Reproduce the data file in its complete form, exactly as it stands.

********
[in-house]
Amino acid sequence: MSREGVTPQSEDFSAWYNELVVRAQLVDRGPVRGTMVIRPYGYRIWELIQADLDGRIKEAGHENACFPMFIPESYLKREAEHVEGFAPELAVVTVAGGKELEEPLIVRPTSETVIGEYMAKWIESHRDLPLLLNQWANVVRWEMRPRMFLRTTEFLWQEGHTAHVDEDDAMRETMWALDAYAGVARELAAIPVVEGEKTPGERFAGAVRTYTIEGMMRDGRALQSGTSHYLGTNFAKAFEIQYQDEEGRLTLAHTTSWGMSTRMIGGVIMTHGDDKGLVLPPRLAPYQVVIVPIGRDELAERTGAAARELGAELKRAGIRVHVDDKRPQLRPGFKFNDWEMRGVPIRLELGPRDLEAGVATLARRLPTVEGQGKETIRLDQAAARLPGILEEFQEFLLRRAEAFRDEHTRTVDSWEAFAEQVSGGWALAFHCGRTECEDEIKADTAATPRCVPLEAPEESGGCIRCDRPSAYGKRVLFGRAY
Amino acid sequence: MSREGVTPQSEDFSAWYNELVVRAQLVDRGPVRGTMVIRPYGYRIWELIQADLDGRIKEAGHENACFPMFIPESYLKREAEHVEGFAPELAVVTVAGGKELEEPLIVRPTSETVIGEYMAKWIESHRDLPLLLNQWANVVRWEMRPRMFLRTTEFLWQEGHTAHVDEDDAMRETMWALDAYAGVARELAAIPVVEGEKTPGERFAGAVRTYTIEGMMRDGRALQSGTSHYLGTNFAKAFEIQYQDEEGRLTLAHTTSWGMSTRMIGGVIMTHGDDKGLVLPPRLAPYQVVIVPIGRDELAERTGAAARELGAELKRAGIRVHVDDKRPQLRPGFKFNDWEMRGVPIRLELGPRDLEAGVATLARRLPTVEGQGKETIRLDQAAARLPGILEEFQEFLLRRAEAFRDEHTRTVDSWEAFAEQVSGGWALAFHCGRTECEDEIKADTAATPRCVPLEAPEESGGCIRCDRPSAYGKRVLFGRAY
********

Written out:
[in-house]
Amino acid sequence: MSREGVTPQSEDFSAWYNELVVRAQLVDRGPVRGTMVIRPYGYRIWELIQADLDGRIKEAGHENACFPMFIPESYLKREAEHVEGFAPELAVVTVAGGKELEEPLIVRPTSETVIGEYMAKWIESHRDLPLLLNQWANVVRWEMRPRMFLRTTEFLWQEGHTAHVDEDDAMRETMWALDAYAGVARELAAIPVVEGEKTPGERFAGAVRTYTIEGMMRDGRALQSGTSHYLGTNFAKAFEIQYQDEEGRLTLAHTTSWGMSTRMIGGVIMTHGDDKGLVLPPRLAPYQVVIVPIGRDELAERTGAAARELGAELKRAGIRVHVDDKRPQLRPGFKFNDWEMRGVPIRLELGPRDLEAGVATLARRLPTVEGQGKETIRLDQAAARLPGILEEFQEFLLRRAEAFRDEHTRTVDSWEAFAEQVSGGWALAFHCGRTECEDEIKADTAATPRCVPLEAPEESGGCIRCDRPSAYGKRVLFGRAY
Amino acid sequence: MSREGVTPQSEDFSAWYNELVVRAQLVDRGPVRGTMVIRPYGYRIWELIQADLDGRIKEAGHENACFPMFIPESYLKREAEHVEGFAPELAVVTVAGGKELEEPLIVRPTSETVIGEYMAKWIESHRDLPLLLNQWANVVRWEMRPRMFLRTTEFLWQEGHTAHVDEDDAMRETMWALDAYAGVARELAAIPVVEGEKTPGERFAGAVRTYTIEGMMRDGRALQSGTSHYLGTNFAKAFEIQYQDEEGRLTLAHTTSWGMSTRMIGGVIMTHGDDKGLVLPPRLAPYQVVIVPIGRDELAERTGAAARELGAELKRAGIRVHVDDKRPQLRPGFKFNDWEMRGVPIRLELGPRDLEAGVATLARRLPTVEGQGKETIRLDQAAARLPGILEEFQEFLLRRAEAFRDEHTRTVDSWEAFAEQVSGGWALAFHCGRTECEDEIKADTAATPRCVPLEAPEESGGCIRCDRPSAYGKRVLFGRAY